The Federation of Petroleum Suppliers’ Forecourt Division has been encouraged by the initial replies to its letter urging 52 MPs to reconsider their Early Day Motion, which called for retailers to match the recent decline in oil prices by reducing the price of their fuel. A spokesman for the FPS, which asked MPs to consider the negative impact
such a move would have on independent petrol retailers, said the MPs seemed to
appreciate the far-reaching implications of reducing fuel prices and that these retailers needed all the help they could get to survive and continue providing vital services to their local communities.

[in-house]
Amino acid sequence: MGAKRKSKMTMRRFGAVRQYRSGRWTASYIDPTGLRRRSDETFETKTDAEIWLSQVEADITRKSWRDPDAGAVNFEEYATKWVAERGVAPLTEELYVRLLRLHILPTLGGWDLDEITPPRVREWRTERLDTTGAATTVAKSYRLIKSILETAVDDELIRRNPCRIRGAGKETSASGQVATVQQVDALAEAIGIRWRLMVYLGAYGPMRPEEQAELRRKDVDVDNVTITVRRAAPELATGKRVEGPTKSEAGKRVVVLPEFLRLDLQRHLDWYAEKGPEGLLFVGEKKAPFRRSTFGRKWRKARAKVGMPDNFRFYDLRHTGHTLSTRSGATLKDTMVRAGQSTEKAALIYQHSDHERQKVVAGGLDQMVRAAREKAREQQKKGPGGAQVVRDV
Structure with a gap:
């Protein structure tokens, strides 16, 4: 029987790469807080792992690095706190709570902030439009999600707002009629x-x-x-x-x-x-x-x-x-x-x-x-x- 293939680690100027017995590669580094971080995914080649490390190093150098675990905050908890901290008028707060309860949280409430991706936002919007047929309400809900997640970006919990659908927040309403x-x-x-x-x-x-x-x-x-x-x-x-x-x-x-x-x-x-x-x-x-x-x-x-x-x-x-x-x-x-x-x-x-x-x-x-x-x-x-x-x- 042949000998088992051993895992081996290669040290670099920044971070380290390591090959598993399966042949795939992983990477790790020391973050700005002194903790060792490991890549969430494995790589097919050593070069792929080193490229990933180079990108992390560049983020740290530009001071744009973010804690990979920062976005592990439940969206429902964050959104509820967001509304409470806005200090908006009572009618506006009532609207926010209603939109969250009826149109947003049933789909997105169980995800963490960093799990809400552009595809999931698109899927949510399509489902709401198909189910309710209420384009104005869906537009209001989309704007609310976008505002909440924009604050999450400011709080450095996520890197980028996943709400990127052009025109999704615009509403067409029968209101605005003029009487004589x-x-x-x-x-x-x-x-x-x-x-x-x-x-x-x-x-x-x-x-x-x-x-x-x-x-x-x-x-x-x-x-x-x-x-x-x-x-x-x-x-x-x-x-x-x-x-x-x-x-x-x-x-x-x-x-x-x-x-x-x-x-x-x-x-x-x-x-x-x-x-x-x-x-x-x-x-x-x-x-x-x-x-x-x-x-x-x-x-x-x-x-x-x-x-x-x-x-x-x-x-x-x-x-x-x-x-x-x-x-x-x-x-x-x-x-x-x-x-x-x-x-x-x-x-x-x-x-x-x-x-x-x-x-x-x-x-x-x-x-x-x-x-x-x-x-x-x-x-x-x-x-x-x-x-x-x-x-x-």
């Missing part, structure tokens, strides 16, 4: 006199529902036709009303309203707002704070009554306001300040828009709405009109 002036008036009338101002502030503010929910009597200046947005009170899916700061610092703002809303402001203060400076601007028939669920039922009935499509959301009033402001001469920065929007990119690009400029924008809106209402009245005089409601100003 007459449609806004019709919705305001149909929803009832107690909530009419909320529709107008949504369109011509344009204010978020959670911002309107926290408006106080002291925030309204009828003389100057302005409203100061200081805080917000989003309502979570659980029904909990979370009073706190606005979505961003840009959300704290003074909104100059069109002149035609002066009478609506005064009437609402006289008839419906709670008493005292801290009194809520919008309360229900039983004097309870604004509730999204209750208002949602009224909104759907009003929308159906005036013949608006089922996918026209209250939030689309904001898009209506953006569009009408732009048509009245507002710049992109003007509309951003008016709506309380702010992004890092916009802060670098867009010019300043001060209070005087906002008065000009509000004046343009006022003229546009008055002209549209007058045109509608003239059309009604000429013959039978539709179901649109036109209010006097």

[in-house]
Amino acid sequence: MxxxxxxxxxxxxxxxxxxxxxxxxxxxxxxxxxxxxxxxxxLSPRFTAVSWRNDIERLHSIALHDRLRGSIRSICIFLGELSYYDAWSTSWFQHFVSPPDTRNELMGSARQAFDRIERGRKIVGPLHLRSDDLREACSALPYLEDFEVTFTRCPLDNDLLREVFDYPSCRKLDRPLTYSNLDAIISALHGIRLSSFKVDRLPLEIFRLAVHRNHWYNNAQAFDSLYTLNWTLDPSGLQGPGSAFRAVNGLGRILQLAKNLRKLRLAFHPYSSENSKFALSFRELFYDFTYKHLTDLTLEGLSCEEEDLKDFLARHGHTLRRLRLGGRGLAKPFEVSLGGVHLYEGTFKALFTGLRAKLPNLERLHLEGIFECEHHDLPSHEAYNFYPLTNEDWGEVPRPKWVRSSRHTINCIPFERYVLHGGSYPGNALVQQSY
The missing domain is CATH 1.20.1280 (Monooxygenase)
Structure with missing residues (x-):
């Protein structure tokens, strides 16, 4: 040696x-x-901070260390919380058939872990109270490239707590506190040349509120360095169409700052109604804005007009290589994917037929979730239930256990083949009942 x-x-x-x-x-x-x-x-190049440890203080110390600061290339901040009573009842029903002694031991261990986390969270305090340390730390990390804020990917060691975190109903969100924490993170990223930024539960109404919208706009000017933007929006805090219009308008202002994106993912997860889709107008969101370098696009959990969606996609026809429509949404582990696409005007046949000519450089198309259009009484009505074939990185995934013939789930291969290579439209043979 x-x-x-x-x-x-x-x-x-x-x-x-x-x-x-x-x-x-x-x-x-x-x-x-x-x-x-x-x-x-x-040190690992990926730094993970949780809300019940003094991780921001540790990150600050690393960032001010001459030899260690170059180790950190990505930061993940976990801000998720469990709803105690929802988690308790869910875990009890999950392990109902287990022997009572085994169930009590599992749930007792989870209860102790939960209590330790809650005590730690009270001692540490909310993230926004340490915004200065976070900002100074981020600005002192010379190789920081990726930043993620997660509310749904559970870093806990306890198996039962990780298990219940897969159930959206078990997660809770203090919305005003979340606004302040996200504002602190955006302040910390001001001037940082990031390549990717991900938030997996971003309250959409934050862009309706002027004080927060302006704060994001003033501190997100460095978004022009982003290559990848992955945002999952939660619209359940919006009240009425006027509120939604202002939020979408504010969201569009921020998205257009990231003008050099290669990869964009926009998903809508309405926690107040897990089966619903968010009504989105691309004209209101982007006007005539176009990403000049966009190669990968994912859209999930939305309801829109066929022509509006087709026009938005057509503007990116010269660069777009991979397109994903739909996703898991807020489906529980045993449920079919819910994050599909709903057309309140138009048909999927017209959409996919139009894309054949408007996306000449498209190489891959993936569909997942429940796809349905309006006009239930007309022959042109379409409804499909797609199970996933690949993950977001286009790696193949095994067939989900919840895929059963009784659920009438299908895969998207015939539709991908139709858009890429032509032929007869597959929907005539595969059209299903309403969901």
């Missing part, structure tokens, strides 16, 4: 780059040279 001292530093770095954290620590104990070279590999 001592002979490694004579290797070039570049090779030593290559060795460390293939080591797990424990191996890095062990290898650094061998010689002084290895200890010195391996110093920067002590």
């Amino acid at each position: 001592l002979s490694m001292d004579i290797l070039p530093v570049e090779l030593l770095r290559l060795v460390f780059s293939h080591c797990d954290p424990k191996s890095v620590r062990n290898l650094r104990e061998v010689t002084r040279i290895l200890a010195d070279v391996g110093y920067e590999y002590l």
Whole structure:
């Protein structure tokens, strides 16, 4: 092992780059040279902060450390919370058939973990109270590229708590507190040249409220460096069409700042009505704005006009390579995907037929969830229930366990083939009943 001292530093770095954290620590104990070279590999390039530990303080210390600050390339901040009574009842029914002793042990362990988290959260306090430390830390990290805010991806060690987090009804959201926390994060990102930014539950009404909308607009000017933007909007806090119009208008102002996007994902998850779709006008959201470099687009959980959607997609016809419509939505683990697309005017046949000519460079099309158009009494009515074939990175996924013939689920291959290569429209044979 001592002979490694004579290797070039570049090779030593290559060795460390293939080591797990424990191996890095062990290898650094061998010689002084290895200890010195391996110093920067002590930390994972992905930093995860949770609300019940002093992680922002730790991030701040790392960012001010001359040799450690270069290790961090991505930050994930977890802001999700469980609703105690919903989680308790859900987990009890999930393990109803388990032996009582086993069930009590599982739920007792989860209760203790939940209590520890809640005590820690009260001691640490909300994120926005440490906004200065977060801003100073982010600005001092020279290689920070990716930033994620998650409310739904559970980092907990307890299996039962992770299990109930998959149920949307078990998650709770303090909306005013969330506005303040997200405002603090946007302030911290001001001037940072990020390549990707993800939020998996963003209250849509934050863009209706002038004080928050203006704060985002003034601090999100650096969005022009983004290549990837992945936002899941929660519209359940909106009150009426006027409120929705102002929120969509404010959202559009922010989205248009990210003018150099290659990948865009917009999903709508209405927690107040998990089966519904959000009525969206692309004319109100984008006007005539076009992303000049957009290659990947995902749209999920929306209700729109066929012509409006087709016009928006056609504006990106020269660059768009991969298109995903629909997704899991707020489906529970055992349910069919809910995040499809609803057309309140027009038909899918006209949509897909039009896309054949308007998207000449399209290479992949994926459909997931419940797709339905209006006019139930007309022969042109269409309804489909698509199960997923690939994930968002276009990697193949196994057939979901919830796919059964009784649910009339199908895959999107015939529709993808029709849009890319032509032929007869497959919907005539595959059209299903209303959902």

In the letter to MPs, the Forecourt Division drew attention to the relentless decline of independent forecourts in recent years and to the alarming statistic revealing that there are now fewer petrol forecourts operating in the UK than were open in 1912.
The FPS said many of the supermarkets and main retailers sold fuel at a price lower than that at which independent forecourts could purchase it, because they could cross-subsidise it from other sectors of their business.
"Most independent forecourts are lucky to return a gross profit of between 2-3p per litre from a relatively low throughput," the Forecourt Division wrote in its letter. "Some have severe cash flow problems because of the high price of petrol and are no longer able to keep their storage tanks full. Independents are also about to face another hurdle to their remaining in business - the 2ppl rise in duty in April."